The lack of news from Rolls-Royce is all the more worrying because civil aerospace represents 54 per cent of its sales. The balance is in the defence, marine and energy sectors. Into this information void have stepped aggressive sellers of the shares. Since the terrorist attacks in America, Rolls-Royce's stock market value has almost halved, dragging the share price down to eight-year lows.

While Rolls-Royce and Mr Rose remain tight-lipped, its two main US rivals have been far more forthcoming. General Electric was quickest off the mark with a profits warning, closely followed by Pratt & Whitney, which said its profits would fall by $250m (£170m) in the fourth quarter of this year. But the real impact of the crisis on the aero-engine makers is likely to be felt later, as airlines slash capacity to counter falling passenger demand.

"They know it's going to be bad, but it is unclear how bad it is going to be because of the long lead times," says Colin Crook, aerospace analyst at Lehman Brothers.

Planes scheduled for delivery over the next few months won't be greatly affected, since airlines would have to pay stiff penalties for last-minute cancellations. But those deliveries will only add to a glut of planes in the depressed industry, making it even more likely future deliveries will slow sharply.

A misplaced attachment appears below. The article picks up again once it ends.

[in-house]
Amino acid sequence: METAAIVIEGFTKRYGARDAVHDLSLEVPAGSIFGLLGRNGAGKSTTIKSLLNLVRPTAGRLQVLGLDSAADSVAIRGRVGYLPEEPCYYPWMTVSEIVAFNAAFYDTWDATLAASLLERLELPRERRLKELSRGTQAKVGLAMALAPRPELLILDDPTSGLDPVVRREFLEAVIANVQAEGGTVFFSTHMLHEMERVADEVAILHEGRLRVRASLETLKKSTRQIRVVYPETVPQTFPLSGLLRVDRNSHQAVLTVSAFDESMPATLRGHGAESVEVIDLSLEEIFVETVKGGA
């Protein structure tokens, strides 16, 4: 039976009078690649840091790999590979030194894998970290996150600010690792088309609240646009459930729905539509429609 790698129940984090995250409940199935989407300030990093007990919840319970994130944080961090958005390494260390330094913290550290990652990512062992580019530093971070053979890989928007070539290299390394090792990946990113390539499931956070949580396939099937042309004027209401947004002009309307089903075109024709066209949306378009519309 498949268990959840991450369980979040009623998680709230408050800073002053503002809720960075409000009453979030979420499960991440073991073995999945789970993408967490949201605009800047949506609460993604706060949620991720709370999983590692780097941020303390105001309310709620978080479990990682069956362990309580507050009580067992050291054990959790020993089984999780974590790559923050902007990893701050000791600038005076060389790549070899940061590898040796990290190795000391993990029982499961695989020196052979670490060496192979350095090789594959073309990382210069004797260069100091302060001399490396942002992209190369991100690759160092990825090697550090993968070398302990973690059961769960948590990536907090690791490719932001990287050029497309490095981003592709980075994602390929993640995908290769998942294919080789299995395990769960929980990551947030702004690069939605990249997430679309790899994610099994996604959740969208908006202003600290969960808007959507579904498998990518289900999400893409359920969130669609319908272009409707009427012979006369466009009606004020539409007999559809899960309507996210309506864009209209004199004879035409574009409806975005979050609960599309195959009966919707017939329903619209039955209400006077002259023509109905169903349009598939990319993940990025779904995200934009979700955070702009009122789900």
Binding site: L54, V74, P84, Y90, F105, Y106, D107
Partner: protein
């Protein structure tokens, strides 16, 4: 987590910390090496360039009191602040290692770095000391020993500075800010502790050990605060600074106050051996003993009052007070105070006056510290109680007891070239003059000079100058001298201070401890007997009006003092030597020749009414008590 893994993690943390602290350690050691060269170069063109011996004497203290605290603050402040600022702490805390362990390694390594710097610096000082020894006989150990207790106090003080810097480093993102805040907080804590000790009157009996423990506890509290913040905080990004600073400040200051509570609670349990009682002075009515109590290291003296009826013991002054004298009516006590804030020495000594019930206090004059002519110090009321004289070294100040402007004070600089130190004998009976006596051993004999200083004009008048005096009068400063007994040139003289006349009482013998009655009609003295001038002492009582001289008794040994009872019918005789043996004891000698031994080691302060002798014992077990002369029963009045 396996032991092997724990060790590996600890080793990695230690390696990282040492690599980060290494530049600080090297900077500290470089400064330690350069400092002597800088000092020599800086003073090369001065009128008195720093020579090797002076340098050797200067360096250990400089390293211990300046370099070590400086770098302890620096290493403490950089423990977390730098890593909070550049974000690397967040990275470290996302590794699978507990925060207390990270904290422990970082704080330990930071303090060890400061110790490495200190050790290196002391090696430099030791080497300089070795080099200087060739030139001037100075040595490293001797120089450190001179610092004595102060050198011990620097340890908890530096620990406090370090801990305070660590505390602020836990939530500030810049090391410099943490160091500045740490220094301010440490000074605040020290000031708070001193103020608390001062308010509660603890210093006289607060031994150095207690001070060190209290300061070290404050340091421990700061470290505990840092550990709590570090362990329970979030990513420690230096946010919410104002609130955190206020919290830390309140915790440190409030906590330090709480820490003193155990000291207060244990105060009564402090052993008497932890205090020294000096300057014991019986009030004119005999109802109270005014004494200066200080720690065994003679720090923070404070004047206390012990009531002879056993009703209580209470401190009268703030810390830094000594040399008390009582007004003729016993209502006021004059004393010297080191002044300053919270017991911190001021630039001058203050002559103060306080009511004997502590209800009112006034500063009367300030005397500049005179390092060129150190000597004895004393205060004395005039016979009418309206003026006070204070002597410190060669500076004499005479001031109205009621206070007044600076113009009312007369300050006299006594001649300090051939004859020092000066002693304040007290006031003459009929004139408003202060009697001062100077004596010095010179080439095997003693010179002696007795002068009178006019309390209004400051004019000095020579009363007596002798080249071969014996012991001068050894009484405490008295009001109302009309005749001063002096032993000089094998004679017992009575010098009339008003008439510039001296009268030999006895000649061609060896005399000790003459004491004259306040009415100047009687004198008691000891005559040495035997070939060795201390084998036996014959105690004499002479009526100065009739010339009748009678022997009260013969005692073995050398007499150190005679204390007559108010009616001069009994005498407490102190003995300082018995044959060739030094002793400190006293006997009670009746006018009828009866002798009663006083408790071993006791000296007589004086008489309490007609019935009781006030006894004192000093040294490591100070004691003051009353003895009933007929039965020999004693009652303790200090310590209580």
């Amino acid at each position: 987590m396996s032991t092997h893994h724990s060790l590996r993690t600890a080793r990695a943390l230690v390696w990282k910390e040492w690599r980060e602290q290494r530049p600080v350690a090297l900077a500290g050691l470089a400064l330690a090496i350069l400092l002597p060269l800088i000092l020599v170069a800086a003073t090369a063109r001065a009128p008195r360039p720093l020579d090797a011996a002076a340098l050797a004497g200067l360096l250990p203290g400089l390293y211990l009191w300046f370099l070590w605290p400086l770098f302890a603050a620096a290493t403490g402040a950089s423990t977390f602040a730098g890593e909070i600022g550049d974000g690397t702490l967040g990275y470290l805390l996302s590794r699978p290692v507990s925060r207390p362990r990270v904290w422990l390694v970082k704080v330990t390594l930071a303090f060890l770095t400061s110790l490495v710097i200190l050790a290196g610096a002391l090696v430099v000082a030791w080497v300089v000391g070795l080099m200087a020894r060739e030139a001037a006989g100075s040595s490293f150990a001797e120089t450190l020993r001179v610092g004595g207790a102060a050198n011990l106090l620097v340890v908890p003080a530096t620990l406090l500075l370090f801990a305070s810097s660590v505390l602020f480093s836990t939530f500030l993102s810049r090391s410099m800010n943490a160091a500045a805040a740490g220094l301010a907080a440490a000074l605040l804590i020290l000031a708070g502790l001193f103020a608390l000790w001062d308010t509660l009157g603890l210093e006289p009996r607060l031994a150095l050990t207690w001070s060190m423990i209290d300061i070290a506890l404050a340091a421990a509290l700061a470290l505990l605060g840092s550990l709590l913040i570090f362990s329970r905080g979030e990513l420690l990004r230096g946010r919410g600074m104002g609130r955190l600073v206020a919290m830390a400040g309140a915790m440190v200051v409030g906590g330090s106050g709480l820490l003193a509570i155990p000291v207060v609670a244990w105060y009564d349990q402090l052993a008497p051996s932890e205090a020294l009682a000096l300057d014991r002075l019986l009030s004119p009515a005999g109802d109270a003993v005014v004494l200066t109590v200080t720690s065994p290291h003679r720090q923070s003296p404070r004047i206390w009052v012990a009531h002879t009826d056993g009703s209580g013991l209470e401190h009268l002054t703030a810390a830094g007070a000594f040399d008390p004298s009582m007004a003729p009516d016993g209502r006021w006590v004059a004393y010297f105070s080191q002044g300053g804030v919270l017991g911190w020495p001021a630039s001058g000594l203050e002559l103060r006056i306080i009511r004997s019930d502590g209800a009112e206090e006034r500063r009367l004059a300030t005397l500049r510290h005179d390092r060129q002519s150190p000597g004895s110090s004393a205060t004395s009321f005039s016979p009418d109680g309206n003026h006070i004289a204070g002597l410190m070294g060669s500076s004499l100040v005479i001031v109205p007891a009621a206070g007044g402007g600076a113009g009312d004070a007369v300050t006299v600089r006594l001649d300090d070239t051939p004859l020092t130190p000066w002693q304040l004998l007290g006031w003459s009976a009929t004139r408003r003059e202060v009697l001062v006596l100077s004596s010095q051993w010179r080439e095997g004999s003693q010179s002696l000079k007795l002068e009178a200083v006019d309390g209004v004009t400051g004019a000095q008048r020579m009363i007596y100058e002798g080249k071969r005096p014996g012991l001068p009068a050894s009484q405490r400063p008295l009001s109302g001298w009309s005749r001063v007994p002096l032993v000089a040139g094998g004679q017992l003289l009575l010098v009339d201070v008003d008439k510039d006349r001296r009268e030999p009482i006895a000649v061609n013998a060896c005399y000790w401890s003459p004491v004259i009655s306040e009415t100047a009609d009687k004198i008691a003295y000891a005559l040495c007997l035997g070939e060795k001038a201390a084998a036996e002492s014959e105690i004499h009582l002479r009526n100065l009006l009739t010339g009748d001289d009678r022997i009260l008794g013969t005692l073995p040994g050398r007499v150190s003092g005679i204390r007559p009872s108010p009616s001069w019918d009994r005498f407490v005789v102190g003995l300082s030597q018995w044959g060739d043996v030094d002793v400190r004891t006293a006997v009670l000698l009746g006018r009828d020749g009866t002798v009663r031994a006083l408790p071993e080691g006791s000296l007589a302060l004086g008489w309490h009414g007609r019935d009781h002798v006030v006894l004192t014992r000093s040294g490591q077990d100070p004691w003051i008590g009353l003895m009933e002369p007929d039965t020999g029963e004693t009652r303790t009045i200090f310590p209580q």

Among the major aircraft manufacturers supplied by Rolls-Royce, Boeing says its delivery total for this year, which was expected to be 538, could drop to 500. Deliveries in 2002 could be in the low 400s against previous estimates of up to 520. As well as hacking production estimates, Boeing is also shedding up to 30,000 jobs, or almost a third of its workforce.

EADS, the company that owns 80 per cent of the European aircraft-making consortium Airbus Industrie, is more sanguine. Deliveries this year will fall from an estimated 336 to about 320, and production will be frozen at that level next year, even though it has 375 orders on its books. And there are as yet no plans to lay off any of its 44,000 staff.